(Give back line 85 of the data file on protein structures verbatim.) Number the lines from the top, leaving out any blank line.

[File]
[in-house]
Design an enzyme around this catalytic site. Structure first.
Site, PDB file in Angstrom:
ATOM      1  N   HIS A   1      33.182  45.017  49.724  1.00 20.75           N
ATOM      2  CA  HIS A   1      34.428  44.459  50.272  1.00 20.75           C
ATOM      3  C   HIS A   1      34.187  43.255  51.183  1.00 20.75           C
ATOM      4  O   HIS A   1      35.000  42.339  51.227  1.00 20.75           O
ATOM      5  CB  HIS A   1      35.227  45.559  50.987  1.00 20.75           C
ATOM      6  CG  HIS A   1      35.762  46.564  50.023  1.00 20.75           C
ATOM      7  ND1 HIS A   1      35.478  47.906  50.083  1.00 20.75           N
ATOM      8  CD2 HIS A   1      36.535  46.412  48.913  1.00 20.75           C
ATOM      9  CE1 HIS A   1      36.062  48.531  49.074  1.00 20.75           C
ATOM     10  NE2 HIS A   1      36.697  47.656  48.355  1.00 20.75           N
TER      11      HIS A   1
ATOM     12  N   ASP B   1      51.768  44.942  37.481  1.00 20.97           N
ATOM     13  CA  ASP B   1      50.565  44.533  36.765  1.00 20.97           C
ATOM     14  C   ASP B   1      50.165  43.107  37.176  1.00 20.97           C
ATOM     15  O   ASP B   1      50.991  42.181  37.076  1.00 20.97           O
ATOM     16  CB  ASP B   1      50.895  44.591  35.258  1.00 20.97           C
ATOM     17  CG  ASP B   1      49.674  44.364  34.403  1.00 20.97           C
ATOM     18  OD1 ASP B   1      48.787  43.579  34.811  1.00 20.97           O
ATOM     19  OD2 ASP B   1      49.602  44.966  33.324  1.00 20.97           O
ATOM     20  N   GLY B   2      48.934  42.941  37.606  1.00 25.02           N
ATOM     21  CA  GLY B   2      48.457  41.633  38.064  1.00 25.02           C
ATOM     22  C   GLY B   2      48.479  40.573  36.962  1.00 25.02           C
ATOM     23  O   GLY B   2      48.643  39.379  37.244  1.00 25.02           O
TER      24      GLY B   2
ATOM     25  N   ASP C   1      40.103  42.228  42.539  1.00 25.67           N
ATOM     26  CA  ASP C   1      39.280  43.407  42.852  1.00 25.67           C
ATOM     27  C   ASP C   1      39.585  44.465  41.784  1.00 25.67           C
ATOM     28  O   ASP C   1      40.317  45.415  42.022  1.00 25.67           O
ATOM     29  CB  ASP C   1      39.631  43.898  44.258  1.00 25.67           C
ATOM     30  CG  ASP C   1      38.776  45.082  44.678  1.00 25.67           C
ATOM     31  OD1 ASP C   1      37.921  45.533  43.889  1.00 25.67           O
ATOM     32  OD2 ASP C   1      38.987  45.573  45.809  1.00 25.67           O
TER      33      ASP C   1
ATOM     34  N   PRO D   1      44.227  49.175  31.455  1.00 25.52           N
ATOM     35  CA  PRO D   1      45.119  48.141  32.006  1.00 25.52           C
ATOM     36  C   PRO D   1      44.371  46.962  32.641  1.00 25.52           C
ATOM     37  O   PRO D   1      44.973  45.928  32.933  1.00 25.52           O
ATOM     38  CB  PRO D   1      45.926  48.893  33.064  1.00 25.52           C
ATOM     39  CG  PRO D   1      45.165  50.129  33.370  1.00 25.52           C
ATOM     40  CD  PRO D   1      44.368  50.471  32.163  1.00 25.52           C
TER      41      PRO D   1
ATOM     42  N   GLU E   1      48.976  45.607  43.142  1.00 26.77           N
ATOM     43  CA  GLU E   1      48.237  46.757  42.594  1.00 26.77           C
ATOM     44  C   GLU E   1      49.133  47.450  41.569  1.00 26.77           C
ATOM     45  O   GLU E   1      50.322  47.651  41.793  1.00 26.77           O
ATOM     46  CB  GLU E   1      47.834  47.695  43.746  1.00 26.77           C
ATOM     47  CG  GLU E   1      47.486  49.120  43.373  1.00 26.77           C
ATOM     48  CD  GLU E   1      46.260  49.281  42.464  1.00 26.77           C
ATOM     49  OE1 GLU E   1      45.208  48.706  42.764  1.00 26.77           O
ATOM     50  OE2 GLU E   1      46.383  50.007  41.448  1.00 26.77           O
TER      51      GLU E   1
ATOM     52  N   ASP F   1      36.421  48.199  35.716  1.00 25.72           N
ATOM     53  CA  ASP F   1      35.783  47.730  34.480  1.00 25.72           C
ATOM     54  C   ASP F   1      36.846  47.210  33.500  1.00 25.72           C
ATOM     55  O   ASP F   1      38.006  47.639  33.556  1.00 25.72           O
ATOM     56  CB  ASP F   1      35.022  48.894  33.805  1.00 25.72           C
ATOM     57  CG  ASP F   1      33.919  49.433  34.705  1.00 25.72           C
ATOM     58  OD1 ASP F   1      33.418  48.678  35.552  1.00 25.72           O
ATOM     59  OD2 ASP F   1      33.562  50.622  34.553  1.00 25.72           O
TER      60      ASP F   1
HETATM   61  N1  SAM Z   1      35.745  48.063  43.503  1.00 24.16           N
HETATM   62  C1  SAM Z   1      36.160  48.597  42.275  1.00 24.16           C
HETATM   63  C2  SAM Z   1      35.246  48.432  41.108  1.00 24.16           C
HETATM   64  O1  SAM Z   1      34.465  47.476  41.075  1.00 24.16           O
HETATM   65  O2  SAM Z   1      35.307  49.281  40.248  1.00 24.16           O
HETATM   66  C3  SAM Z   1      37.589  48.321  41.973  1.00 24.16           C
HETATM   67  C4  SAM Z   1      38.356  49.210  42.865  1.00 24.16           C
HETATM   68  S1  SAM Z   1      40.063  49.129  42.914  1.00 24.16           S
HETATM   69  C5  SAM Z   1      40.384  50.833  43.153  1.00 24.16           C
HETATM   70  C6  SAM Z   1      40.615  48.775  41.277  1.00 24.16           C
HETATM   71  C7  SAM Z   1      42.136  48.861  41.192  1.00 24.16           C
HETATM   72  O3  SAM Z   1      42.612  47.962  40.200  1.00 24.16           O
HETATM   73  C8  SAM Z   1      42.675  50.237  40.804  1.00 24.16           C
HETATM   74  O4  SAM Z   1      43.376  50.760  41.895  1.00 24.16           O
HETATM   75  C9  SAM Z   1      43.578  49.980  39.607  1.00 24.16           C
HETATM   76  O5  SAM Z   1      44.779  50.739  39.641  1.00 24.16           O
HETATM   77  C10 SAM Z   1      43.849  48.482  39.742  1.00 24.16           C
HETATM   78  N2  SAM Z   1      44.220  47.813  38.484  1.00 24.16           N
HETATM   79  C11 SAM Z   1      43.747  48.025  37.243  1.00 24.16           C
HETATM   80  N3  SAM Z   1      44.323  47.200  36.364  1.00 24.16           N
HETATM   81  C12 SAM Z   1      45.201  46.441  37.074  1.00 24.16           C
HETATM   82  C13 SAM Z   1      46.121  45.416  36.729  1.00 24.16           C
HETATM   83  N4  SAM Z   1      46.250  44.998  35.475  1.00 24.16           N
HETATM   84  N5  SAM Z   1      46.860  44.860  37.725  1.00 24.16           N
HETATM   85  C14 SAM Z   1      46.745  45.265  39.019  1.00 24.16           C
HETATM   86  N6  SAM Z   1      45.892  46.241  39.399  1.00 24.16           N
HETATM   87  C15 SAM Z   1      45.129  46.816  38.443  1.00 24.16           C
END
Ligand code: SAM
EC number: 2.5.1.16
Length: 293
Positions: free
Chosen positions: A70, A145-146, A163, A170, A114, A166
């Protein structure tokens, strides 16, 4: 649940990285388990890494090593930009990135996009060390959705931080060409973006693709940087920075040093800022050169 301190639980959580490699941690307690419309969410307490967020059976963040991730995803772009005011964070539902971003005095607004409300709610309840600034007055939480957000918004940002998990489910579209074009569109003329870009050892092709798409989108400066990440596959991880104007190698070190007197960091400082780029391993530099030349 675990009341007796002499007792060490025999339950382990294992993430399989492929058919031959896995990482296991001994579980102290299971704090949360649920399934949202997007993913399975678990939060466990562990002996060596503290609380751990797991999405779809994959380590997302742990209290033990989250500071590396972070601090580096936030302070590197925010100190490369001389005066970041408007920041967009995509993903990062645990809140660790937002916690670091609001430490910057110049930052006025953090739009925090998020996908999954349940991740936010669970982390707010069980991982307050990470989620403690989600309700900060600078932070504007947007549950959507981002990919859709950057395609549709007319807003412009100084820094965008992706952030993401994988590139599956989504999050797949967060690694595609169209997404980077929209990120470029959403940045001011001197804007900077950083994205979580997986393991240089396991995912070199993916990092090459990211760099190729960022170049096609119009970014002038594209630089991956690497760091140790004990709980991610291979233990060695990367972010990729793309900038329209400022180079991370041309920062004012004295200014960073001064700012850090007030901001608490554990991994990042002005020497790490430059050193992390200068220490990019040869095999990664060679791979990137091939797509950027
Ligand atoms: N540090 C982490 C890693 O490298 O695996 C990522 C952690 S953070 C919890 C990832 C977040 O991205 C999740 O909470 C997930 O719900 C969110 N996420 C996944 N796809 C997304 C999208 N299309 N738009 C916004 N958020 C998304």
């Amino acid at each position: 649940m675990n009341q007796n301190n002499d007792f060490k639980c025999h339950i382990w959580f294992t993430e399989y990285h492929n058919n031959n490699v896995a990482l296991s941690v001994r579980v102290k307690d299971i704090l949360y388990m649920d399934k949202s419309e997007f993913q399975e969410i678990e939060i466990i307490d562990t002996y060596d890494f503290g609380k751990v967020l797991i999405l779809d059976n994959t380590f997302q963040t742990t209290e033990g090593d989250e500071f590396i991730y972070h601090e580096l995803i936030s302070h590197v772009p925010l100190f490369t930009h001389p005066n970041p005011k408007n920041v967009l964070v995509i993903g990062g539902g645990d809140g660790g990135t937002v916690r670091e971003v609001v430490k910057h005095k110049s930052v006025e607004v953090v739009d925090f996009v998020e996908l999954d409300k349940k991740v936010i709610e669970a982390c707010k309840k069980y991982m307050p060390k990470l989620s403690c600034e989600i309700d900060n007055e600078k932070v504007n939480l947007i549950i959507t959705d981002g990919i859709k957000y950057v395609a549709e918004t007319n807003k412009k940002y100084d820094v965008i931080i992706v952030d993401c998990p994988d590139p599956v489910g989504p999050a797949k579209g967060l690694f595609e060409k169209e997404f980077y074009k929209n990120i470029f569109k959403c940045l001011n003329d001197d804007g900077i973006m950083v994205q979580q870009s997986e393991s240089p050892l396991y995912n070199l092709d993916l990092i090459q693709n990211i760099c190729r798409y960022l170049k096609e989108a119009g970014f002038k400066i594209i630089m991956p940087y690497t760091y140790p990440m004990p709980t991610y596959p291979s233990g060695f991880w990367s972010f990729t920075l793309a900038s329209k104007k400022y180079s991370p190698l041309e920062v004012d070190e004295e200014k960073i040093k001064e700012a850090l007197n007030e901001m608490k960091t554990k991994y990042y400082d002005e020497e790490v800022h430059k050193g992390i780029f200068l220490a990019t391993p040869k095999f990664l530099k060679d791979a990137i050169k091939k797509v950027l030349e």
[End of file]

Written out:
HETATM   82  C13 SAM Z   1      46.121  45.416  36.729  1.00 24.16           C